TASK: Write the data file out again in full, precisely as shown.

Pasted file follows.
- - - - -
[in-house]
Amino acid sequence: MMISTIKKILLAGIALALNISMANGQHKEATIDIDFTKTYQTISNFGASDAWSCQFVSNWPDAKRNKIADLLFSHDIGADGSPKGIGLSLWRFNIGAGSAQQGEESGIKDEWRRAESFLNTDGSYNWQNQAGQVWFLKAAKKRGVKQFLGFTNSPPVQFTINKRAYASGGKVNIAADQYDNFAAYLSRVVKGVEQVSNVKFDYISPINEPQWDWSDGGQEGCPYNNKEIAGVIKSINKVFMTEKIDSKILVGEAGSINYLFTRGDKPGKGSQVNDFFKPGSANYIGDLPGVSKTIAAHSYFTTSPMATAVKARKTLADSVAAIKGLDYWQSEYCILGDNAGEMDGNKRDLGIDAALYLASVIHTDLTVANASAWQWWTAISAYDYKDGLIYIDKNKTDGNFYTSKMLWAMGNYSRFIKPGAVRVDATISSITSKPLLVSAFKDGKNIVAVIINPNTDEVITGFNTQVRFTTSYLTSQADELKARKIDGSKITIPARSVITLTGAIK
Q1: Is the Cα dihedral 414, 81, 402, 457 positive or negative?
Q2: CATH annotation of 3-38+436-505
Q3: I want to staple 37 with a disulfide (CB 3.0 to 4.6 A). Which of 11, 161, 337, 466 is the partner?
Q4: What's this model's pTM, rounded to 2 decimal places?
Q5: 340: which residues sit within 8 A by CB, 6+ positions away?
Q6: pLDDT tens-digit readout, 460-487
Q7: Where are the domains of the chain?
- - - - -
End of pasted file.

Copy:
[in-house]
Amino acid sequence: MMISTIKKILLAGIALALNISMANGQHKEATIDIDFTKTYQTISNFGASDAWSCQFVSNWPDAKRNKIADLLFSHDIGADGSPKGIGLSLWRFNIGAGSAQQGEESGIKDEWRRAESFLNTDGSYNWQNQAGQVWFLKAAKKRGVKQFLGFTNSPPVQFTINKRAYASGGKVNIAADQYDNFAAYLSRVVKGVEQVSNVKFDYISPINEPQWDWSDGGQEGCPYNNKEIAGVIKSINKVFMTEKIDSKILVGEAGSINYLFTRGDKPGKGSQVNDFFKPGSANYIGDLPGVSKTIAAHSYFTTSPMATAVKARKTLADSVAAIKGLDYWQSEYCILGDNAGEMDGNKRDLGIDAALYLASVIHTDLTVANASAWQWWTAISAYDYKDGLIYIDKNKTDGNFYTSKMLWAMGNYSRFIKPGAVRVDATISSITSKPLLVSAFKDGKNIVAVIINPNTDEVITGFNTQVRFTTSYLTSQADELKARKIDGSKITIPARSVITLTGAIK
Q1: Is the Cα dihedral 414, 81, 402, 457 positive or negative?
Q2: CATH annotation of 3-38+436-505
Q3: I want to staple 37 with a disulfide (CB 3.0 to 4.6 A). Which of 11, 161, 337, 466 is the partner?
Q4: What's this model's pTM, rounded to 2 decimal places?
Q5: 340: which residues sit within 8 A by CB, 6+ positions away?
Q6: pLDDT tens-digit readout, 460-487
Q7: Where are the domains of the chain?